5 Ways To Create Website Experiences to Complement OTAs

Ryan Kanoknukulchai
Ryan Kanoknukulchai
January 14, 2020
person making a checklist
Whenever we talk to hoteliers about their pain points, almost all of them will mention OTAs. Booking Holdings and Expedia have created a duopoly where they have gobbled up the vast majority of the consumer demands.

Data from Phocuswright
Data from Phocuswright

Data from 2017 shows that these two OTAs are responsible for over 90% of hotel bookings in the United States and almost 70% in Europe. They are the elephants in the room, but these gigantic elephants are not leaving the room anytime soon.

Hoteliers often feel helpless as they are paying a up to 18% commission on every booking that occurs through the OTAs, and those bookings make up for a large portion of the hotels’ overall bookings. While no one is screaming with joy about the high commission they need to pay, hoteliers do understand the value that OTAs bring and they often call them the necessary evil.

For one, it’s more efficient than running your own marketing campaign to drive direct booking that would compete with the OTAs. As someone who has worked on Facebook advertising, I know marketing can be very expensive – especially on purchases that have longer consideration period like booking a hotel for travel.

Both Booking and Expedia have invested tons of money into technology, R&D, and marketing to drive bookings and reservations. Booking and Expedia had a combined spending of $10.6 billion on marketing alone in 2018. It's going to be hard to compete with that.

Secondly, OTAs serve as great distribution channels for hoteliers. Given consumer behaviors, OTAs are used as discovery channels. Consumers in this space are generally brand-agnostic, and they use OTAs to do research to find and discover the right option for themselves. Without being listed on platforms like Booking or Expedia, your property may never be seen by prospective guests.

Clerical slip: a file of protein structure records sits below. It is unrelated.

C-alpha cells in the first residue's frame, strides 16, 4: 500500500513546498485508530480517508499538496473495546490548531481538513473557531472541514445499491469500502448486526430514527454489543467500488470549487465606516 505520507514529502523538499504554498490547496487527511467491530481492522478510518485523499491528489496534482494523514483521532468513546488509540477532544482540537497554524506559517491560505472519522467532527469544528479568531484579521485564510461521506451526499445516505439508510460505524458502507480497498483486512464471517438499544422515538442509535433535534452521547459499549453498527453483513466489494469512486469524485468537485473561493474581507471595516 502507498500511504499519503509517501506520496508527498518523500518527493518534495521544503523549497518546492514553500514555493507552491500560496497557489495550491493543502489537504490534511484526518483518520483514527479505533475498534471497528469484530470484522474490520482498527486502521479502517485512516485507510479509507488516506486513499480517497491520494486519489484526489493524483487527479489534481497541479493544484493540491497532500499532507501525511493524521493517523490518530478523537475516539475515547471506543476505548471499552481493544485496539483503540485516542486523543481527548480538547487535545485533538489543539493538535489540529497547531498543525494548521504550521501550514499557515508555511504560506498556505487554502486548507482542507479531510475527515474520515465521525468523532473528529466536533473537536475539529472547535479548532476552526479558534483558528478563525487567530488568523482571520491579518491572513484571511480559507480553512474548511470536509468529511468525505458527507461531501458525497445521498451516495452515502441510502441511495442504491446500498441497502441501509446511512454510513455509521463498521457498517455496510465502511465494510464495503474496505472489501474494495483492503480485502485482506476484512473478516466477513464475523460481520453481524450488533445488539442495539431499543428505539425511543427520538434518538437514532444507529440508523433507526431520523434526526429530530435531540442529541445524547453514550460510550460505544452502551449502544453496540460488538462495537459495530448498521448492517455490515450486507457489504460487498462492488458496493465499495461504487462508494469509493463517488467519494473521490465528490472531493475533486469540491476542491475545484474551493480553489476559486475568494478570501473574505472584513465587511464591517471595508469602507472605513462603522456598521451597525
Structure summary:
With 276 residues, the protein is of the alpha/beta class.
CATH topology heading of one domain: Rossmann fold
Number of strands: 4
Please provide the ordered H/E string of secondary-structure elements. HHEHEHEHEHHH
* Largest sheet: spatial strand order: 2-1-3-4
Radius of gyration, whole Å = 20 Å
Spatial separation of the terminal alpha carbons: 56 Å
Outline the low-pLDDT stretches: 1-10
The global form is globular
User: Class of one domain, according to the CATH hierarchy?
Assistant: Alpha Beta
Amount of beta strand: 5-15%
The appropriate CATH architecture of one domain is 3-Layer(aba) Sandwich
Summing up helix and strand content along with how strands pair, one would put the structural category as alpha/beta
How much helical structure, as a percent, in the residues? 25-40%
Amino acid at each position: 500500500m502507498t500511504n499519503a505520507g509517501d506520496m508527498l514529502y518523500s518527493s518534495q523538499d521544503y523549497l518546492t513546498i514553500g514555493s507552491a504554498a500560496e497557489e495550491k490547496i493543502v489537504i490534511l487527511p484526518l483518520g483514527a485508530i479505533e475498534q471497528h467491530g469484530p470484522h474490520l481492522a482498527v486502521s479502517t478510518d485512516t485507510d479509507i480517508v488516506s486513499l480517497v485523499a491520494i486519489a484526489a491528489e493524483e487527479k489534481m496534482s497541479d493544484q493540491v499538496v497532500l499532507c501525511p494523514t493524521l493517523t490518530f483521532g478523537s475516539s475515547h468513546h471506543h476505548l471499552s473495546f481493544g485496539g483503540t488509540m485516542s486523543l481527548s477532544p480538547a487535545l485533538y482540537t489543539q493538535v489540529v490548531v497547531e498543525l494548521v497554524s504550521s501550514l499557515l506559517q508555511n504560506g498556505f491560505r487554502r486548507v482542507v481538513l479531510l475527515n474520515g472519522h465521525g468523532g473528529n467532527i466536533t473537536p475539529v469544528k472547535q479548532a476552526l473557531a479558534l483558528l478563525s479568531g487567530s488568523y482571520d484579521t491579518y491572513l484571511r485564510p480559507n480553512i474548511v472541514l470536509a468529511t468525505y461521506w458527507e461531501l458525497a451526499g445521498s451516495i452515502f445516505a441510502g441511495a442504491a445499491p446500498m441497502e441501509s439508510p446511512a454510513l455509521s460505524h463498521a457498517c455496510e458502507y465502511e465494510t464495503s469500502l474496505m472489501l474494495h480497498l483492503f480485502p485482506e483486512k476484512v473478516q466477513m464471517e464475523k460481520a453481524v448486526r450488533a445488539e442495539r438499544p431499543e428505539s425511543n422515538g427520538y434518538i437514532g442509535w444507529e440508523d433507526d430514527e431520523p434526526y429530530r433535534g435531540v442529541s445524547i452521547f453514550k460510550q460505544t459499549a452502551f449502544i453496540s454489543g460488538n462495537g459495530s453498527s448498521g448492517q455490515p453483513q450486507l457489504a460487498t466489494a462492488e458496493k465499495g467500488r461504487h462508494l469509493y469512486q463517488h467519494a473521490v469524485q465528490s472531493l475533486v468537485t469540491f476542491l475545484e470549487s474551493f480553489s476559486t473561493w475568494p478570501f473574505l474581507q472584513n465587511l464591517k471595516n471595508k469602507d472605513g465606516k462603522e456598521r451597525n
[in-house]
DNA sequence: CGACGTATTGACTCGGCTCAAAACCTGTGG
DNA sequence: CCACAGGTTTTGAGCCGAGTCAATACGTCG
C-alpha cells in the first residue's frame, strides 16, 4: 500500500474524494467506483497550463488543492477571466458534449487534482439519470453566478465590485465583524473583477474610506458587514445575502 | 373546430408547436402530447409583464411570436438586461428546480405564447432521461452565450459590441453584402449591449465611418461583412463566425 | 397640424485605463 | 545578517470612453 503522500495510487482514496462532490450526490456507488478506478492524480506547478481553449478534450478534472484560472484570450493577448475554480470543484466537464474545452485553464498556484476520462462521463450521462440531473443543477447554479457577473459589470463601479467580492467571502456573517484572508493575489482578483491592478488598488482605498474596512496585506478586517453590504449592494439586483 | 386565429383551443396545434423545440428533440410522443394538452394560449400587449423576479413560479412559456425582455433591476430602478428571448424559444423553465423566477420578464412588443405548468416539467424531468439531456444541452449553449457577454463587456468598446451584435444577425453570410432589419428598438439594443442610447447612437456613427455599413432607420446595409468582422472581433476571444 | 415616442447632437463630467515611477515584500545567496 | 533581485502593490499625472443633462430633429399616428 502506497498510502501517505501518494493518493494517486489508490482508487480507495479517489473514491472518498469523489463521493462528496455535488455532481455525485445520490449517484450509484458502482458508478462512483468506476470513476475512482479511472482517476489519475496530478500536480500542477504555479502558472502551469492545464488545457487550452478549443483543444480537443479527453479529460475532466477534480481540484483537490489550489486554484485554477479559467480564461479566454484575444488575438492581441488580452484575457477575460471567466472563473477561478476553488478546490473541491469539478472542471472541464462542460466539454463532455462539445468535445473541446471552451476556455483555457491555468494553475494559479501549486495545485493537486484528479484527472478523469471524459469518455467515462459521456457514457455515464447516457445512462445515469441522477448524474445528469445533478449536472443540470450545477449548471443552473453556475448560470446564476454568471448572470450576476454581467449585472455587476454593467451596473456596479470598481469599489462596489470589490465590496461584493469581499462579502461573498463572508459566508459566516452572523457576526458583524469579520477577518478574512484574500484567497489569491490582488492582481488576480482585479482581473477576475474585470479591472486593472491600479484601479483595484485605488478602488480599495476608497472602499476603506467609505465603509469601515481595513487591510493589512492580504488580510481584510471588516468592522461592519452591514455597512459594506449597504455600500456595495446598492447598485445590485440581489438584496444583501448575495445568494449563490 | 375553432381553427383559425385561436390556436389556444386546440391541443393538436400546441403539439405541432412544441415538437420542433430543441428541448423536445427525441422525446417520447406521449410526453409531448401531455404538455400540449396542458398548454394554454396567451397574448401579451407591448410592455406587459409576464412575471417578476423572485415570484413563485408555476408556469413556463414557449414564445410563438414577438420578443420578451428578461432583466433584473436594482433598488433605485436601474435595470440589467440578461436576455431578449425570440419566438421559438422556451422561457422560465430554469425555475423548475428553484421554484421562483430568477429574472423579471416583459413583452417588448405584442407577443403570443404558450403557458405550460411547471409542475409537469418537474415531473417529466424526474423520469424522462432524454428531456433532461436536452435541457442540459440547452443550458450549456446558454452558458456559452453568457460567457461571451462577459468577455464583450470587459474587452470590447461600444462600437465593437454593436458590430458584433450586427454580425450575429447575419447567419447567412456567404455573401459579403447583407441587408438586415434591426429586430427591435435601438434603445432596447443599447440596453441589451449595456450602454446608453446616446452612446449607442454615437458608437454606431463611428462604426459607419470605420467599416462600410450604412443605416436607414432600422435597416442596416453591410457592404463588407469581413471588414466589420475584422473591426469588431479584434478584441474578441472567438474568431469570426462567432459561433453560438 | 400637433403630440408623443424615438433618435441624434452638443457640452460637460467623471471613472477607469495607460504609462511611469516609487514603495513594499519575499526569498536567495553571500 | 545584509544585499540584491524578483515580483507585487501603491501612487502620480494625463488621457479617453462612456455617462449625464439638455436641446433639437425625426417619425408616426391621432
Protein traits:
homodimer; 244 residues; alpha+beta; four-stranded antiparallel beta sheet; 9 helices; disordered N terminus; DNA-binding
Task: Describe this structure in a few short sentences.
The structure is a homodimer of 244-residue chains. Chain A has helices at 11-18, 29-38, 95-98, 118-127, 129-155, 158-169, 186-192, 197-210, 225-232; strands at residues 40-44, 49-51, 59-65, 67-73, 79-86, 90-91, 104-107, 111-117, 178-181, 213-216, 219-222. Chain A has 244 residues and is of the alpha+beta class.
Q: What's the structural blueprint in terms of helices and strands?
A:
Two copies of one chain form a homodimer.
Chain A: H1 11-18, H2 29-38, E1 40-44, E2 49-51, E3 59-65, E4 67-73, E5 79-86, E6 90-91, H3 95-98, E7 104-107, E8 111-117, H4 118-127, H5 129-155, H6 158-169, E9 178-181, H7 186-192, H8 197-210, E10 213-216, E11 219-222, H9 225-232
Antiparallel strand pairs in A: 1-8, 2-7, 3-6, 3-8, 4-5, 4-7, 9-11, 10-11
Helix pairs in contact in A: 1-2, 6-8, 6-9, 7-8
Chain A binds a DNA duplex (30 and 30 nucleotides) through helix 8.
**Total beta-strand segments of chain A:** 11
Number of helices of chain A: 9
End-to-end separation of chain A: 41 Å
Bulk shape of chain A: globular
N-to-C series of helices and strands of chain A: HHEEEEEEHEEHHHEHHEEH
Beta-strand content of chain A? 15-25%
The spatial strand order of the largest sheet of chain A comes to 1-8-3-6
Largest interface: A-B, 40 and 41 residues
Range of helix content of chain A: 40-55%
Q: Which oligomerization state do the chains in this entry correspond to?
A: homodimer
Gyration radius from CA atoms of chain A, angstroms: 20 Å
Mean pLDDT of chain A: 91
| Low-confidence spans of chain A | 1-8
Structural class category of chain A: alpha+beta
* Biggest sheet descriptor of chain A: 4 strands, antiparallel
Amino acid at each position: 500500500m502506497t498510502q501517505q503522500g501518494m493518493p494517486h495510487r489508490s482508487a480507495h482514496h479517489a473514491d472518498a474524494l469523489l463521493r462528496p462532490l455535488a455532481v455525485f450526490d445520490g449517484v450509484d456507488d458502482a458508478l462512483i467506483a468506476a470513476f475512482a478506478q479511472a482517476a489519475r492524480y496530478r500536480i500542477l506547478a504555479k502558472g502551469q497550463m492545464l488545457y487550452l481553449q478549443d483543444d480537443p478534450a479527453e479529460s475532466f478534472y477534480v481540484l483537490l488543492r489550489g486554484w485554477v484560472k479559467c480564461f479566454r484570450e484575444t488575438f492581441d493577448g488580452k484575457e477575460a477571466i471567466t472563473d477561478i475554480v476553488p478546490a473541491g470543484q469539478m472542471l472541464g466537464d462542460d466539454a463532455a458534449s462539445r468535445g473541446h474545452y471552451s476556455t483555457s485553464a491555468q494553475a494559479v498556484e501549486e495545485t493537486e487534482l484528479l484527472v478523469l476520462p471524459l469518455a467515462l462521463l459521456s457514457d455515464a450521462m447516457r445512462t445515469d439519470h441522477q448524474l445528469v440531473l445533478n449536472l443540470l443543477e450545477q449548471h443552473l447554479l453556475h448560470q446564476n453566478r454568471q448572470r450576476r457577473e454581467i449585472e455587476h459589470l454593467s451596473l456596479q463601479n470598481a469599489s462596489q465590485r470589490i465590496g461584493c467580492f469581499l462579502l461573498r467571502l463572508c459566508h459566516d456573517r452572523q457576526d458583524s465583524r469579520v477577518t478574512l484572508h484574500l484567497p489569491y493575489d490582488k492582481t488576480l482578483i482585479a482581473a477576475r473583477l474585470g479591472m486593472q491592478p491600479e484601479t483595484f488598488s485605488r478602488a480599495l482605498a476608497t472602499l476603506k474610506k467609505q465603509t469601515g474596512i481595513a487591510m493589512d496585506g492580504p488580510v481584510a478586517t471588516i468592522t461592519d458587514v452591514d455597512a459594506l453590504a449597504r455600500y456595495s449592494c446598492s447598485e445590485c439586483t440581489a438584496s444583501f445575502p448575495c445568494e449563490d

Rather than being afraid of the OTAs, hotels should create better experiences in conjunction with OTAs to guide these travelers through their hotel booking journeys. A recent Google survey shows that up to 52% of guests who discover a property on OTAs will visit the property's website to do additional research. When they are on your website, it is fully within your power to turn the visitor into a guest.

Make it easy for visitors to do research

As mentioned, many people that are visiting a hotel’s website from OTAs are trying to learn more and do additional research – especially around pricing. The hotel’s website should show prices upfront and make it easy for the visitors do price comparisons.

If the information isn’t available on the website, make it easy for visitors to ask questions

Visitors might have some very specific questions that they could not find the answer to on the website. Rather than a support email which take hours – or days – to resolve, you should leverage live chat to allow the visitors to send a message about their questions and get answers in near real-time.

Be mobile friendly

The US consumers are spending more time on their mobile devices and smartphones more than ever. If a visitor comes to your website on their phone, and they are not able to navigate and find the information they need, then they will leave and go somewhere else. It’s simple as that. So it is extremely critical for your mobile website to be usable.

Build loyalty and offer discounts & perks

Visitors that are landing on your website are already showing high intent that they want to stay at your property. Sometimes you just need a little extra nudge to turn them into guests. Get visitors to sign up for your loyalty program and book directly on your website by offering perks and incentives like early check-in or a small discount on their next booking.

Surface good reviews and have social presence

Reviews are an essential part in the decision making process for any consumer that is looking to make a purchase. If you have glowing reviews from guests, you should share them on your website. It is also critical to have a strong online presence on review platforms TripAdvisor and social platforms like Facebook. Social is being more and more important in the world of sales and marketing. How important? Check out this hilarious video below about a Vice reporter faking his way into becoming the #1 restaurant on TripAdvisor. While we certainly don’t condone fake reviews, it goes to show the power of social and how words get around.

But remember, regardless of where guests are booking, the most important of thing is to always to ensure superior and memorable experiences for your guests from pre- to post-stay!

hotel front desk staff on the phone

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